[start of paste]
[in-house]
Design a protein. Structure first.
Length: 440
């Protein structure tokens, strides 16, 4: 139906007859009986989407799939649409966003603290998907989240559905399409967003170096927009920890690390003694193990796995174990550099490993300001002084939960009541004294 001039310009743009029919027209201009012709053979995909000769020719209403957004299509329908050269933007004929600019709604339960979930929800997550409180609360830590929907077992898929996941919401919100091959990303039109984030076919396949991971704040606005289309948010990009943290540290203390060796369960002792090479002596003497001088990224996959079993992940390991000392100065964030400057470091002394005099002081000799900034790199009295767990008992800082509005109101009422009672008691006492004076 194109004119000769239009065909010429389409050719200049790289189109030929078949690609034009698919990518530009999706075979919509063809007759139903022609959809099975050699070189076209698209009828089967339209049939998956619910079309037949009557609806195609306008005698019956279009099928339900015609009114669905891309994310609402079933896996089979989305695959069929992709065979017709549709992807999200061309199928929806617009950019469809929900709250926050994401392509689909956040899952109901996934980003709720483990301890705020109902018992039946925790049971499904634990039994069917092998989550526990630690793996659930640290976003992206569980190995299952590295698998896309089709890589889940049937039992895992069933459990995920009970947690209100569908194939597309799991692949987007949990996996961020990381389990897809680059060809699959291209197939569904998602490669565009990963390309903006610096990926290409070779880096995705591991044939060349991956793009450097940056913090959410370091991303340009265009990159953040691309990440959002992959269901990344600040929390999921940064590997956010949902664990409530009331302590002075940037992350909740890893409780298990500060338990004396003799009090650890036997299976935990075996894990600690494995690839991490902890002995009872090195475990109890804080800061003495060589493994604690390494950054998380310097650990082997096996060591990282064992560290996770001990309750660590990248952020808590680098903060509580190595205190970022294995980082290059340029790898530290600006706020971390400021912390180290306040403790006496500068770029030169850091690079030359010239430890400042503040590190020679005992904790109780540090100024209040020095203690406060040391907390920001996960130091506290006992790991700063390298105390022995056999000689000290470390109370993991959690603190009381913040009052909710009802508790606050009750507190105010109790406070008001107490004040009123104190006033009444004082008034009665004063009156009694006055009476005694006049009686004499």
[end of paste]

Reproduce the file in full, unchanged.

[in-house]
Design a protein. Structure first.
Length: 440
């Protein structure tokens, strides 16, 4: 139906007859009986989407799939649409966003603290998907989240559905399409967003170096927009920890690390003694193990796995174990550099490993300001002084939960009541004294 001039310009743009029919027209201009012709053979995909000769020719209403957004299509329908050269933007004929600019709604339960979930929800997550409180609360830590929907077992898929996941919401919100091959990303039109984030076919396949991971704040606005289309948010990009943290540290203390060796369960002792090479002596003497001088990224996959079993992940390991000392100065964030400057470091002394005099002081000799900034790199009295767990008992800082509005109101009422009672008691006492004076 194109004119000769239009065909010429389409050719200049790289189109030929078949690609034009698919990518530009999706075979919509063809007759139903022609959809099975050699070189076209698209009828089967339209049939998956619910079309037949009557609806195609306008005698019956279009099928339900015609009114669905891309994310609402079933896996089979989305695959069929992709065979017709549709992807999200061309199928929806617009950019469809929900709250926050994401392509689909956040899952109901996934980003709720483990301890705020109902018992039946925790049971499904634990039994069917092998989550526990630690793996659930640290976003992206569980190995299952590295698998896309089709890589889940049937039992895992069933459990995920009970947690209100569908194939597309799991692949987007949990996996961020990381389990897809680059060809699959291209197939569904998602490669565009990963390309903006610096990926290409070779880096995705591991044939060349991956793009450097940056913090959410370091991303340009265009990159953040691309990440959002992959269901990344600040929390999921940064590997956010949902664990409530009331302590002075940037992350909740890893409780298990500060338990004396003799009090650890036997299976935990075996894990600690494995690839991490902890002995009872090195475990109890804080800061003495060589493994604690390494950054998380310097650990082997096996060591990282064992560290996770001990309750660590990248952020808590680098903060509580190595205190970022294995980082290059340029790898530290600006706020971390400021912390180290306040403790006496500068770029030169850091690079030359010239430890400042503040590190020679005992904790109780540090100024209040020095203690406060040391907390920001996960130091506290006992790991700063390298105390022995056999000689000290470390109370993991959690603190009381913040009052909710009802508790606050009750507190105010109790406070008001107490004040009123104190006033009444004082008034009665004063009156009694006055009476005694006049009686004499």